Jerome D'Souza

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Father Jerome D'Souza, SJ (6 August 1897, Mangalore, South Canara, British India – 12 August 1977, Madras, India) was an Indian Jesuit priest, educationist, writer and member of the Indian Constituent assembly (1946–50).

Early years and formation[edit]

Born in the Moolki town of Mangalore in the erstwile South Canara district of British India, to a Catholic family cultivating intellectual interest, Jerome was soon at home in several local languages. He did his secondary schooling at St. Aloysius College (Mangalore) and college studies in St. Joseph's College (Tiruchirapalli, Tamil Nadu, India). Completing finally the English Literature course at the University of Madras (Chennai) he first taught a year at St Joseph's College, Trichy, before deciding to enter the Society of Jesus (29 May 1921). He then went through the usual Jesuit training, doing his theological studies with the French Jesuits in Belgium at the end of which he was ordained priest on 30 August 1931 (Enghien, Belgium). He hailed from the Mangalorean Catholic community.

Educationist in Tamil Nadu[edit]

Back in India in 1933, he was appointed professor in his alma mater, the St Joseph’s College of Trichy of which he became within a few years, rector and president. An able administrator, Jerome was also a convincing orator. He soon attracted the attention of Sir C. Rajagopalachari (known as Rajaji), the then president of the Indian National Congress. Transferred in 1942 to the Loyola College of Chennai (formerly Madras), to be its rector and later its Principal, D’Souza soon became involved in the legal establishment of the University of Madras (Chennai). When the time came to form an assembly that would draw a constitution for the country—the independence of India was near—D’Souza’s name was proposed by Rajagopalachari to the Madras legislative assembly. He was elected to represent them at the constituent assembly of Delhi.

Member of the Indian Constituent Assembly[edit]

At the assembly (1946 to 1950), along with the Protestant leader H.C. Mukherjee, D’Souza ensured the rights of the minorities (especially of worship and education) were fully protected by the proposed text and the right to practice and propagate one’s religion were included in the constitution as fundamental rights of all citizens of India.

Statesman and diplomat[edit]

In Delhi he soon gained the trust and admiration of Jawaharlal Nehru, the first prime minister of independent India who often consulted him in educational matters and used his oratorical skill. At the instance of Nehru he was also involved in delicate diplomatic negotiations:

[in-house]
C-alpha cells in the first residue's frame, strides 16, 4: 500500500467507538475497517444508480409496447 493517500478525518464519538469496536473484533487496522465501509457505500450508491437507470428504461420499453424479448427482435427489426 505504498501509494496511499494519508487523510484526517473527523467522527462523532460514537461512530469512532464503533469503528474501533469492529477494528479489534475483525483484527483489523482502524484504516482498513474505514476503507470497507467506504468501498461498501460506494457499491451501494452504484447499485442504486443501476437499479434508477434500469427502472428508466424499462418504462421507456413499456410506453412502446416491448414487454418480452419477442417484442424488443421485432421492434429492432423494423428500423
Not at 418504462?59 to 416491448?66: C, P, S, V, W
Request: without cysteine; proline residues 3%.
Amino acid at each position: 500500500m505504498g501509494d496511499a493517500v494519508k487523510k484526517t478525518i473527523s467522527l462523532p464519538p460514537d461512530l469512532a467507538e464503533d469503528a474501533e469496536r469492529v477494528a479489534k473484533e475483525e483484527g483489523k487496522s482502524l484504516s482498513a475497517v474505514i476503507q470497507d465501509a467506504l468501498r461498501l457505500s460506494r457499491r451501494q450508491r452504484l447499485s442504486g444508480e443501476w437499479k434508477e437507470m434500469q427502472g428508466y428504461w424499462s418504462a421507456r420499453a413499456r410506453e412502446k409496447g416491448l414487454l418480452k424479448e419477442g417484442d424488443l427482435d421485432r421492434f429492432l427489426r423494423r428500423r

• He negotiated with the Vatican the termination of the Portuguese Padroado system that was giving to Portugal an undue say in the appointment of bishops in India.
  • He was involved in the negotiations with the French government leading ultimately to a peaceful transfer of the French colonial settlements (Chandannagar, Pondicherry, etc.) to the new Independent India.
  • On four occasions D’Souza was member of the Indian delegation to the UNO’s yearly general session.
  • His command of French, Spanish, Italian and German languages, besides English opened him many doors and he was often invited to give talks and lectures on Indian culture, history and politics, in various parts of the world.

Indian Social Institute[edit]

At the request of the Superior General of the Society of Jesus, D’Souza founded in Pune (India) the Indian Social Institute (now in New-Delhi, 10, Institutional Area, Lodhi Road New Delhi), and started publishing a journal Social Action that has nowadays a large circulation in social and academic circles. That was in 1951. He became its first Director (1951-1956). Later, in 1957, D’Souza was made the Assistant and adviser of the Superior General of the Jesuits (Jean-Baptiste Janssens) for Indian and Asian affairs. He returned to India in 1968 and spent his last years writing articles and books, giving lectures and courses. Jerome D’Souza was one of the best known Jesuits of his times.Still many gratefully visits his tomb at Christ the King Church, in Loyola College, Chennai campus.

Writings[edit]

  • Sardar Panikkar and the Christian Missions, Tiruchi, 1957.
  • The Church and Civilization, Garden City, 1967)
  • Speeches and Writings, Madras, 1972.

Recognition[edit]

In 1997, the Indian government issued a stamp to commemorate his birth centenary.

Bibliography[edit]

  • SUNDARAM, V.L.: A great Indian Jesuit, Anand, 1986.

External links[edit]